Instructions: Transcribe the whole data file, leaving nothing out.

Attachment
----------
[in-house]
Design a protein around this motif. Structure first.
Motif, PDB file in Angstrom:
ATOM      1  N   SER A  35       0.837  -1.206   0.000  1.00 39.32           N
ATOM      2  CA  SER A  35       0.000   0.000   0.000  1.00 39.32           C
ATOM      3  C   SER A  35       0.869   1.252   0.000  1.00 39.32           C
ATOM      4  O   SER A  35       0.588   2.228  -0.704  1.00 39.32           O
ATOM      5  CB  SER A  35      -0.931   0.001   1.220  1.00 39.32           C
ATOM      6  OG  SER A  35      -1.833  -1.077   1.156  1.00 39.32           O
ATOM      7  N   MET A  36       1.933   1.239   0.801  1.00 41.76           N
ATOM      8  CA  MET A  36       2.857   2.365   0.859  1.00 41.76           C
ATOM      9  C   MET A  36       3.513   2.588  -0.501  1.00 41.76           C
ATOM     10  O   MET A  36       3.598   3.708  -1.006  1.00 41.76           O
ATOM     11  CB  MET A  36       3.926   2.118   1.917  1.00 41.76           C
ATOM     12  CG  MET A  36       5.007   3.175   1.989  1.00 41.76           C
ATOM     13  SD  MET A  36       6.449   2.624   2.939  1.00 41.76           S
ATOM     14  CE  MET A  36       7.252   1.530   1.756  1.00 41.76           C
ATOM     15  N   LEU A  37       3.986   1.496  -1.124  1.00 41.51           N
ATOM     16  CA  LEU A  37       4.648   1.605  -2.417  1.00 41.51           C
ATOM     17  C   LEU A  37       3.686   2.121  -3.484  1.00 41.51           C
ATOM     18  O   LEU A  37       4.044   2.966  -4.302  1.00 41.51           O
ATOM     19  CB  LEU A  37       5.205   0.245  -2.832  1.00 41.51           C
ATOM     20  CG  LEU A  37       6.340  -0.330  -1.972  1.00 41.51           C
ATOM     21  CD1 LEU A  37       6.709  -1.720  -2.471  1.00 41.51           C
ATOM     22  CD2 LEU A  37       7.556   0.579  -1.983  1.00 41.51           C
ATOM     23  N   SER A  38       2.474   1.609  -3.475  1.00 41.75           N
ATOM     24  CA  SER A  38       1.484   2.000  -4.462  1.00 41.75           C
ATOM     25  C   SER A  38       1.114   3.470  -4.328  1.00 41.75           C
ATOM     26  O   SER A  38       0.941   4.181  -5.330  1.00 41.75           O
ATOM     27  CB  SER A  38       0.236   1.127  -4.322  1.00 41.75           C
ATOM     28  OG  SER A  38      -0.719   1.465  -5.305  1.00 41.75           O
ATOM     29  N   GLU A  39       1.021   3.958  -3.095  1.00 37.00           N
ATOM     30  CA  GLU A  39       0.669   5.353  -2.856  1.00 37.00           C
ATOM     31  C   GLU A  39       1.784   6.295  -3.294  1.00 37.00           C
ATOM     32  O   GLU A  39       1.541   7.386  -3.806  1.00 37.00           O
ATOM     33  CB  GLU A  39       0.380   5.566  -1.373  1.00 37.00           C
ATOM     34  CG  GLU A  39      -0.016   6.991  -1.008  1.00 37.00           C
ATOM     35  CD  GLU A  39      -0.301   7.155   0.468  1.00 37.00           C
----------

[in-house]
Design a protein around this motif. Structure first.
Motif, PDB file in Angstrom:
ATOM      1  N   SER A  35       0.837  -1.206   0.000  1.00 39.32           N
ATOM      2  CA  SER A  35       0.000   0.000   0.000  1.00 39.32           C
ATOM      3  C   SER A  35       0.869   1.252   0.000  1.00 39.32           C
ATOM      4  O   SER A  35       0.588   2.228  -0.704  1.00 39.32           O
ATOM      5  CB  SER A  35      -0.931   0.001   1.220  1.00 39.32           C
ATOM      6  OG  SER A  35      -1.833  -1.077   1.156  1.00 39.32           O
ATOM      7  N   MET A  36       1.933   1.239   0.801  1.00 41.76           N
ATOM      8  CA  MET A  36       2.857   2.365   0.859  1.00 41.76           C
ATOM      9  C   MET A  36       3.513   2.588  -0.501  1.00 41.76           C
ATOM     10  O   MET A  36       3.598   3.708  -1.006  1.00 41.76           O
ATOM     11  CB  MET A  36       3.926   2.118   1.917  1.00 41.76           C
ATOM     12  CG  MET A  36       5.007   3.175   1.989  1.00 41.76           C
ATOM     13  SD  MET A  36       6.449   2.624   2.939  1.00 41.76           S
ATOM     14  CE  MET A  36       7.252   1.530   1.756  1.00 41.76           C
ATOM     15  N   LEU A  37       3.986   1.496  -1.124  1.00 41.51           N
ATOM     16  CA  LEU A  37       4.648   1.605  -2.417  1.00 41.51           C
ATOM     17  C   LEU A  37       3.686   2.121  -3.484  1.00 41.51           C
ATOM     18  O   LEU A  37       4.044   2.966  -4.302  1.00 41.51           O
ATOM     19  CB  LEU A  37       5.205   0.245  -2.832  1.00 41.51           C
ATOM     20  CG  LEU A  37       6.340  -0.330  -1.972  1.00 41.51           C
ATOM     21  CD1 LEU A  37       6.709  -1.720  -2.471  1.00 41.51           C
ATOM     22  CD2 LEU A  37       7.556   0.579  -1.983  1.00 41.51           C
ATOM     23  N   SER A  38       2.474   1.609  -3.475  1.00 41.75           N
ATOM     24  CA  SER A  38       1.484   2.000  -4.462  1.00 41.75           C
ATOM     25  C   SER A  38       1.114   3.470  -4.328  1.00 41.75           C
ATOM     26  O   SER A  38       0.941   4.181  -5.330  1.00 41.75           O
ATOM     27  CB  SER A  38       0.236   1.127  -4.322  1.00 41.75           C
ATOM     28  OG  SER A  38      -0.719   1.465  -5.305  1.00 41.75           O
ATOM     29  N   GLU A  39       1.021   3.958  -3.095  1.00 37.00           N
ATOM     30  CA  GLU A  39       0.669   5.353  -2.856  1.00 37.00           C
ATOM     31  C   GLU A  39       1.784   6.295  -3.294  1.00 37.00           C
ATOM     32  O   GLU A  39       1.541   7.386  -3.806  1.00 37.00           O
ATOM     33  CB  GLU A  39       0.380   5.566  -1.373  1.00 37.00           C
ATOM     34  CG  GLU A  39      -0.016   6.991  -1.008  1.00 37.00           C
ATOM     35  CD  GLU A  39      -0.301   7.155   0.468  1.00 37.00           C